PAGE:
In brief

A victory in court is hollow if a defendant has hidden or dissipated assets and is unable to pay the judgment debt. A useful tool in a plaintiff’s arsenal is a freezing order – an order by the court that a defendant cannot deal with specific assets up to the amount claimed by you.

What you need to know

  • When you bring proceedings against a defendant you need to consider the commercial reality of the situation as well as the legal merits of your case.
  • Although they are not granted lightly, freezing orders are an effective method of ensuring that a defendant has sufficient assets to satisfy any judgment amount ordered against it.
  • There is usually a carve-out to allow the defendant reasonable living expenses and the ability to pay legal fees.
  • A freezing order prevents a defendant from moving assets and funds overseas or transferring them to different entities. The purpose is to ensure that any judgment you receive can be satisfied by the defendant.

What are the criteria for obtaining a freezing order?

Whilst every case turns on its own facts, the court considers the following:

1.  That there is an arguable case against the defendant

You will need to provide the court with sufficient evidence for the court to determine that there is a good arguable claim against the defendant. The evidence is provided by way of an affidavit, which outlines the evidence in your case and exhibits the relevant documents.

2.  That there exists a real risk of the defendant concealing or disposing of or removing from the court’s jurisdiction its assets, in order to avoid satisfying an adverse judgment against it.

The onus of proving the risk rests with the plaintiff. The risk must be real, not merely a suspicion. Furthermore, you will need to provide evidence to the court that there is a real risk of disposition or removal of assets from the jurisdiction.

Can a defendant dispute freezing orders?

Yes. The orders are usually made ex parte, without notice to or in the presence of the defendant. As the defendant is not present in court, the plaintiff has a duty to provide the court with all the relevant information – whether it helps or harms the case.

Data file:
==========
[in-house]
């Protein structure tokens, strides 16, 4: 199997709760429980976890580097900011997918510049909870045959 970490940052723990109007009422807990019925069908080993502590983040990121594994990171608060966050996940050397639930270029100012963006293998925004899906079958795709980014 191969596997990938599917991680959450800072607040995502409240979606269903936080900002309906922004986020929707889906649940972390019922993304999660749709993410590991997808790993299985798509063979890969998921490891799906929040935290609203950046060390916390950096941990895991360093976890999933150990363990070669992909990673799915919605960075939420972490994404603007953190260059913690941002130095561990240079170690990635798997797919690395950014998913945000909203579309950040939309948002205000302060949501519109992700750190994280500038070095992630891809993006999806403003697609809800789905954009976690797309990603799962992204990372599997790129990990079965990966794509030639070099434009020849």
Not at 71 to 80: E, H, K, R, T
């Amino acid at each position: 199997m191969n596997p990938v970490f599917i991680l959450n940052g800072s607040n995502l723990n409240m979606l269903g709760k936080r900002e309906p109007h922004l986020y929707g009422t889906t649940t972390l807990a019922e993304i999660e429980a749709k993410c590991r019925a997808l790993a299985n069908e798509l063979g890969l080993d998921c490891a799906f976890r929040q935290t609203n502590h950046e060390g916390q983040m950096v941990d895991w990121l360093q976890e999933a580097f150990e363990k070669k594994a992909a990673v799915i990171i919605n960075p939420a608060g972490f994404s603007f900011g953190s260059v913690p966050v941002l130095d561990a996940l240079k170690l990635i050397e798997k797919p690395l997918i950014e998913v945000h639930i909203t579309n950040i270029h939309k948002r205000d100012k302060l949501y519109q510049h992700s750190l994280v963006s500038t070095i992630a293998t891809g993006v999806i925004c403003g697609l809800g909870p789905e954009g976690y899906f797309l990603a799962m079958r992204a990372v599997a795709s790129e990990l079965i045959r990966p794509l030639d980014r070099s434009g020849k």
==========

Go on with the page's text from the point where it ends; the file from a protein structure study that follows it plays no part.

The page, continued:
If satisfied that there are grounds to warrant a freezing order, the court will usually make an interim order thereby freezing the defendant’s assets until a further hearing date. At the further hearing date the defendant can present evidence and arguments as to why an ongoing freezing order should not be made.

Take home points

Freezing orders are a drastic remedy and the Court does not grant them lightly. Where there is evidence that the defendant may be trying to hide or remove assets from the jurisdiction, a freezing order becomes an effective tool in a plaintiff’s arsenal.

As part of assessing a claim against a defendant, a plaintiff should not just assess the legal risks of litigation, but also consider any behavior that indicates that the defendant is hiding assets in order to avoid satisfying a judgment made against it.

As a plaintiff, a freezing order is always an option worth considering when filing proceedings if you are concerned (and have evidence) that the defendant is likely to dissipate their assets to avoid enforcement of any order you may obtain.

If a freezing order is made against you, you should immediately seek legal advice as to whether there are grounds to overturn the order.

For further information about this, contact Catherine Ballantyne, Special Counsel at catherine.ballantyne@madgwicks.com.au.

About the Author

Catherine Ballantyne

Partner
A business disputes specialist, Catherine is a trusted advisor to businesses and individuals in obtaining successful outcomes. Businesses rely on Catherine as a trusted advisor as well as lawyer in guiding them through complex litigation and disputes.

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